Same Game Parlay Strategy, Promos: Giants At Buccaneers Monday Night Football

Written By Brett Gibbons on November 19, 2021
Same Game Parlay

What has been stifling the Tampa Bay Buccaneers offense this season? We’ll look at what coverages have given Tom Brady fits and whether or not the New York Giants can take advantage. Apply it to a risk-free same game parlay on Monday Night Football between the Giants and Buccaneers. Promos below.

A same game parlay is when a bettor combines two or more bets in the same game in order to increase their potential payout. Check out our SGP strategy page for more tips and best practices.

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Giants – Buccaneers Same Game Parlay Breakdown

The continuity between this matchup and last year’ matchup is uncanny. The personnel, coaches, records, injuries– hell, even the uniforms– are reminiscent of the 2020 iteration. Because of that, it allows us to look back on last year’s game to analyze this year’s game.

The Giants kept the game closer than expected and the Buccaneers needed a 10-point fourth quarter to pull off the 25-23 win on the road. New York limited the ground game for Tampa Bay and benefited from a few short fields. With that refresher out of the way, let’s get into this matchup.

The Brady Beater?

Over Tampa Bay’s last two games, the offense has been ground to a near halt. Their latest game against Washington was plagued by drops and some tough bounces that resulted in turnovers, but the Football Team ran a coverage concept run by New Orleans over the last couple years. The Saints defense has given Tom Brady and the Buccaneers fits more often than not. That can be attributed to what’s known as rolling into coverage.

Brady is notorious for being able to read opposing defenses like the playbook was handed to him before each play. The word’s been out that disguising coverage is the best way to get around Brady, though that’s easier said than done. Washington relied heavily on setting up in one-high shells and bailing a box safety or corner into Cover 2, or beginning with two high safeties and rolling into Cover 1.

What’s done underneath is equally as important. Frequently, Washington (and New Orleans) matched man-to-man underneath the high safeties or what’s known as “sink coverage” (linebackers and slot corners ride verticals man-to-man or sink and defend zone against underneath routes). Against the Bruce Arians gun-it system, this type of coverage works really well, even with a subpar secondary. It ultimately eliminates the effectiveness of option routes, which the Arians system runs a lot.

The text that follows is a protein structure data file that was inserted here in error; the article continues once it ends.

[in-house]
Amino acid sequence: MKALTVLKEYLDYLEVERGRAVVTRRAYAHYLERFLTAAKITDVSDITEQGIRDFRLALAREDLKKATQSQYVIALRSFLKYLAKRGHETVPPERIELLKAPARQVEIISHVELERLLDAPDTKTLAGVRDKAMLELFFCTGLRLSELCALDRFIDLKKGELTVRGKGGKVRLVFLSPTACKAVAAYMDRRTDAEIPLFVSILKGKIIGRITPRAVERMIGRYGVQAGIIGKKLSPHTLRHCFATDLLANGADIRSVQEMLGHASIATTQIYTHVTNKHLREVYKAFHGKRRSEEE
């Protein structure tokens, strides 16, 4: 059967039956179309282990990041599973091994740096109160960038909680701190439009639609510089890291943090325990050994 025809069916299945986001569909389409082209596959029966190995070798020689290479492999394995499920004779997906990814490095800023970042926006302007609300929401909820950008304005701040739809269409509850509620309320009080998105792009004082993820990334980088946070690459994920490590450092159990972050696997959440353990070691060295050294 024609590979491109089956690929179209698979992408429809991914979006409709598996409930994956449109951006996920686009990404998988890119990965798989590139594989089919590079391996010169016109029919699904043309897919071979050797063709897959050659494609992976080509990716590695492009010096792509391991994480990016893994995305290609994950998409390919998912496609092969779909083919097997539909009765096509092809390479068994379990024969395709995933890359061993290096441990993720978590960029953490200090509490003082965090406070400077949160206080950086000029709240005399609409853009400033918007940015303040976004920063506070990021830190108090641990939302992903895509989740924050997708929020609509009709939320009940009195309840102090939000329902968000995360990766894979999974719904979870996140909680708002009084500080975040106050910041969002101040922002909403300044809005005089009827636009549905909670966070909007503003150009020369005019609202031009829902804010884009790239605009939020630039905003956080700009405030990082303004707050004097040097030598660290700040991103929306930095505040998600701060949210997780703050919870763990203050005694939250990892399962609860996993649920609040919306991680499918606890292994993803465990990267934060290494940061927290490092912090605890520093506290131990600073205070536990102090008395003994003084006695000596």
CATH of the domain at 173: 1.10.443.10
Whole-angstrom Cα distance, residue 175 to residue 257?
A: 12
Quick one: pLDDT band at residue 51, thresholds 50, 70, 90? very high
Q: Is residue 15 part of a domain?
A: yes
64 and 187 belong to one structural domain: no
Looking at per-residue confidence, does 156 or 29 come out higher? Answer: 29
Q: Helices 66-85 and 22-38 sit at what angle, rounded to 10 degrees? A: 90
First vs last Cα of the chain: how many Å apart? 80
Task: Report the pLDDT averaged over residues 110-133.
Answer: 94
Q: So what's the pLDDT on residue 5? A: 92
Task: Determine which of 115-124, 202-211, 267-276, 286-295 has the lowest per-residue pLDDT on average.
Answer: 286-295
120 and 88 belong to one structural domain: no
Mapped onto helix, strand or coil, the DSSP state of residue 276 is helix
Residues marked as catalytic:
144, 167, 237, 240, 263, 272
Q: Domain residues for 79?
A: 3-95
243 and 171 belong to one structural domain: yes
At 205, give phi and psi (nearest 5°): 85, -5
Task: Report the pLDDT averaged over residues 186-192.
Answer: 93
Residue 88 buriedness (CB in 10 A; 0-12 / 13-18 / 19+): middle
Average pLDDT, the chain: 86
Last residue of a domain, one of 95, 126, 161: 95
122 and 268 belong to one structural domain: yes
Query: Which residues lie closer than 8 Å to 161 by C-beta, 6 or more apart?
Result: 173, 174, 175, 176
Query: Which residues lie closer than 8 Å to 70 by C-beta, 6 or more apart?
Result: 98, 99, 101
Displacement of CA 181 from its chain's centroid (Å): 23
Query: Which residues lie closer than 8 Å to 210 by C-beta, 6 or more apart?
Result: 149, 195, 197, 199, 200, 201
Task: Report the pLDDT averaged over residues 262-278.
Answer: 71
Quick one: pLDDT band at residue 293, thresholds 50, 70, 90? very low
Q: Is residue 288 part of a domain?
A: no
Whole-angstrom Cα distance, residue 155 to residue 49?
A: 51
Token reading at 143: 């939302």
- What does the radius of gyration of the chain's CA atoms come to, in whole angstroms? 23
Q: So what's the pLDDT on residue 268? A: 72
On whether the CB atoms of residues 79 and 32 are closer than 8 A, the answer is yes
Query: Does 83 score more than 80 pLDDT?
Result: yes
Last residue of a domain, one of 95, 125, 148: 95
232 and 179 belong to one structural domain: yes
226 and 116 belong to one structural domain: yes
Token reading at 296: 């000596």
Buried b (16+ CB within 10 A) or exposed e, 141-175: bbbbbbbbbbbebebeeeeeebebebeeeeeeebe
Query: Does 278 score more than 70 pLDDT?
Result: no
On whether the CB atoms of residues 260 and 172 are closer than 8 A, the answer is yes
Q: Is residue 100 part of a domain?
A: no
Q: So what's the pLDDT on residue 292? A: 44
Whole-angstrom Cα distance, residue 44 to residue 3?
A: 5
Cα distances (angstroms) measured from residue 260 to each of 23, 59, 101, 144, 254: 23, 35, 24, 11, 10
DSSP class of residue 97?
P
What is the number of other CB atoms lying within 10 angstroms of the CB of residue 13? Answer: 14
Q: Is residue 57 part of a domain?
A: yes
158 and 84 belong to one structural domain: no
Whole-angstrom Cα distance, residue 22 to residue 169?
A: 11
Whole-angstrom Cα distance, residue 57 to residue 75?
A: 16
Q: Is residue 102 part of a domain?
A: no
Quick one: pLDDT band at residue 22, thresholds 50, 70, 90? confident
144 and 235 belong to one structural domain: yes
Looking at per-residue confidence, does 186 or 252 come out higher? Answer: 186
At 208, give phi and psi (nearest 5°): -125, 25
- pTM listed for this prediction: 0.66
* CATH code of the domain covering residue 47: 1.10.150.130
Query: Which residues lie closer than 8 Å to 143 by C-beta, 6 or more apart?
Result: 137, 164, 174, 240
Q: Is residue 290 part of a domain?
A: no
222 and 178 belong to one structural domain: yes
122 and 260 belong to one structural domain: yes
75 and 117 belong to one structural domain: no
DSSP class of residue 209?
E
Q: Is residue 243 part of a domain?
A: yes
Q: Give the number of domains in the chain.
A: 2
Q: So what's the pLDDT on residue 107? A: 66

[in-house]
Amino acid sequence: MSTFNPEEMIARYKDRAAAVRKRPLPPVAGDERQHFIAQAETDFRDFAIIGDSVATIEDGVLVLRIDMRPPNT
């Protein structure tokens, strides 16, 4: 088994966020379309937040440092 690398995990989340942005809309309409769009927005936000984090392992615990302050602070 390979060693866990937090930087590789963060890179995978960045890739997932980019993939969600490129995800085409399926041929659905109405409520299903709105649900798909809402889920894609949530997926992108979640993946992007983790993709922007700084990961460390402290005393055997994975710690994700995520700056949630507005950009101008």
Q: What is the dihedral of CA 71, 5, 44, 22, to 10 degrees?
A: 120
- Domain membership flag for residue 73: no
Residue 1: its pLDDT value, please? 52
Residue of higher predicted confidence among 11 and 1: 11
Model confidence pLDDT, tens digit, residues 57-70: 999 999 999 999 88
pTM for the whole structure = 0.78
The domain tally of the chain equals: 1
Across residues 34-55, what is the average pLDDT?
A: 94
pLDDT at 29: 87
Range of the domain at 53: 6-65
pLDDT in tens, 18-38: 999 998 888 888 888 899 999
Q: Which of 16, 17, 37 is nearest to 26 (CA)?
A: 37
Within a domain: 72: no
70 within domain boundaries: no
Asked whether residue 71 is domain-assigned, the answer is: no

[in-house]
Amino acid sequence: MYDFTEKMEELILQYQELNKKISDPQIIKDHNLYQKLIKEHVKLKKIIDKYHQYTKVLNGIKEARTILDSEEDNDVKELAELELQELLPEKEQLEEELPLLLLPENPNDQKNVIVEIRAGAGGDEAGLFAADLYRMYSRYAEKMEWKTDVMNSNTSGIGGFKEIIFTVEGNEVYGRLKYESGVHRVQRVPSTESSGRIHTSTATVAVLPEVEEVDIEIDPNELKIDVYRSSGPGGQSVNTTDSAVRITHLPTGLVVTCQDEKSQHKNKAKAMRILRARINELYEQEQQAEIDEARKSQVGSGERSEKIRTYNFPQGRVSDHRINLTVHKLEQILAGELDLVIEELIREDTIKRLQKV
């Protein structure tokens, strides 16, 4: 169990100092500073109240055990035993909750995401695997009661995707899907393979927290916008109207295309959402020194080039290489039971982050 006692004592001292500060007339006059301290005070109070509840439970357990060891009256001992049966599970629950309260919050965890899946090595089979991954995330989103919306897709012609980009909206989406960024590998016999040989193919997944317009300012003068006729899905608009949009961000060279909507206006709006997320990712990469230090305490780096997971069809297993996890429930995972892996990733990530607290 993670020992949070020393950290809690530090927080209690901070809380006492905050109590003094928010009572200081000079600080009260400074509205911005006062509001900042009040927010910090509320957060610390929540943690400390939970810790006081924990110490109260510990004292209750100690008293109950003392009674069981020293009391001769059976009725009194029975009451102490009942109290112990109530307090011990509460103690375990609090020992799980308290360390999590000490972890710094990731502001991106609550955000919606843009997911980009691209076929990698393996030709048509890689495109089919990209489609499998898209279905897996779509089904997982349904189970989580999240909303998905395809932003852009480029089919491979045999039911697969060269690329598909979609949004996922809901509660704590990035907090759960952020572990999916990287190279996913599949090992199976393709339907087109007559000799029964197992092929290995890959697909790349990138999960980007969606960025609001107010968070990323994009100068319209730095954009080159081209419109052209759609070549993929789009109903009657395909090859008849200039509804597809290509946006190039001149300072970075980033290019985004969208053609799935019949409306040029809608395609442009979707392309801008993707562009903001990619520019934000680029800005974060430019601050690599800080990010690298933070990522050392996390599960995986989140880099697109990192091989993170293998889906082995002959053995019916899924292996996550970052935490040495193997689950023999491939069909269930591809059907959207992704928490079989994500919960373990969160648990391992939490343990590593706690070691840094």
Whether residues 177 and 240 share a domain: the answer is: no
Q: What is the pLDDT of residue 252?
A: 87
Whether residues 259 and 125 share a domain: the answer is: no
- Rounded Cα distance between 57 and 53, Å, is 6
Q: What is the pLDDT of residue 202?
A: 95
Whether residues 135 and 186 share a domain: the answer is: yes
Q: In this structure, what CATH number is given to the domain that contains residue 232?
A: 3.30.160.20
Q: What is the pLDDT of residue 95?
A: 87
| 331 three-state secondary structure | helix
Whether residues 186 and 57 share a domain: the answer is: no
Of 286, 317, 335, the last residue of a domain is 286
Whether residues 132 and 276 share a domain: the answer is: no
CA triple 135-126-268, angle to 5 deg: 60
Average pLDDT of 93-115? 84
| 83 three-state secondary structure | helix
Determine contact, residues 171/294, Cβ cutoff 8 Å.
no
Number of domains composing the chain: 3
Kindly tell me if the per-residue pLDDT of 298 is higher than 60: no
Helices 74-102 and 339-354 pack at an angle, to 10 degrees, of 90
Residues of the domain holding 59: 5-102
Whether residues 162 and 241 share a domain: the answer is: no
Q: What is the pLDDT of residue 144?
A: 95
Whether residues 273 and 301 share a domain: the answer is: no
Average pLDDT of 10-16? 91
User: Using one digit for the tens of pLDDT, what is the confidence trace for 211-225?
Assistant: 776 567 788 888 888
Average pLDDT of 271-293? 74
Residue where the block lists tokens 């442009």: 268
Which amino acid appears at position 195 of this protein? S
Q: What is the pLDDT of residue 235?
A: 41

The weakness in this type of coverage lies in leaking running backs or pass-catching tight ends. Without Rob Gronkowski, the Buccaneers struggled to exploit this weakness. Running backs Ronald Jones and Leonard Fourtnette aren’t big receiving threats and it showed with several drops.

Is this truly a “Brady beater?” Such a blanket statement would be foolhardy to rely on, but the scheme itself has shown a capable counter to the Buccaneers’ offense.

Is this exploitable by the Giants?

If they ran it, sure. In this same matchup last year, the Giants run a lot of one-high safety and bail zone techniques. While the Buccaneers’ 25 points wasn’t lighting up the scoreboard, there were more points to be had that game. An early drive was cut short by a Ronald Jones fumble and Brady missed a few long throws in the first half.

The Giants’ defensive system is a lot of bail zone and what’s known as “robber” or “rat” zones where a deep safety sinks down to rob dig routes and deep overs. While this kind of system is effective against teams like the Chiefs that make a lot of their plays on one-on-one wins and extending the play, it’s not particularly effective against timing and option route offenses like the Buccaneers.

Against a team with a similar passing philosophy, the Rams (who run plenty of option routes), the Giants were eviscerated. Soft coverage led to free releases and the zone-heavy approach led to lots of openings for players like Cooper Kupp and Robert Woods.

Giants – Buccaneers Same Game Parlay Options

By keeping everything in front of them, the Giants force opposing teams to go on long scoring drives. In their last game, the Raiders’ scoring drives that began in their own territory were made up of 12, 12, and 17 plays. Before that, the Chiefs had to go 12, 15, and 11 plays. This eats up a lot of time on the clock and generally keeps games low-scoring.

Because of this, the first leg of the same game parlay to consider is the under (). The Giants, when they’re not turning the ball over, go on lengthy drives of their own.

Typically, you’d want to correlate your parlay picks. For example, if you believe a game is going to hit the over, you’d lean over on passing yards by either quarterback. To score all of those points, you’d need plenty of yards. Since we’re feeling confident with the under, I also feel confident going under Tom Brady’s passing yardage prop (294.5).

Derek Carr, Patrick Mahomes, and Matthew Stafford have averaged 274 yards through the air on the Giants. Even when their teams scoring in buckets (the Rams put up 36 points), yardage remained low. Therefore, we’re going to couple:

  • Giants – Buccaneers UNDER 49.5 points (-110)
  • Tom Brady UNDER 294.5 passing yards (-114)
  • Total same game parlay price: +192 or better

Monday Night Football same game parlay promos

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NFL Week 11 betting news

Brett Gibbons Avatar
Written by
Brett Gibbons

Brett is an avid sports traveler and former Division-I football recruiter for Bowling Green and Texas State. He’s a graduate of BGSU and works as an auditor for Google content curation products. He’s also contributed to Sports Illustrated and Fansided during his young writing career.

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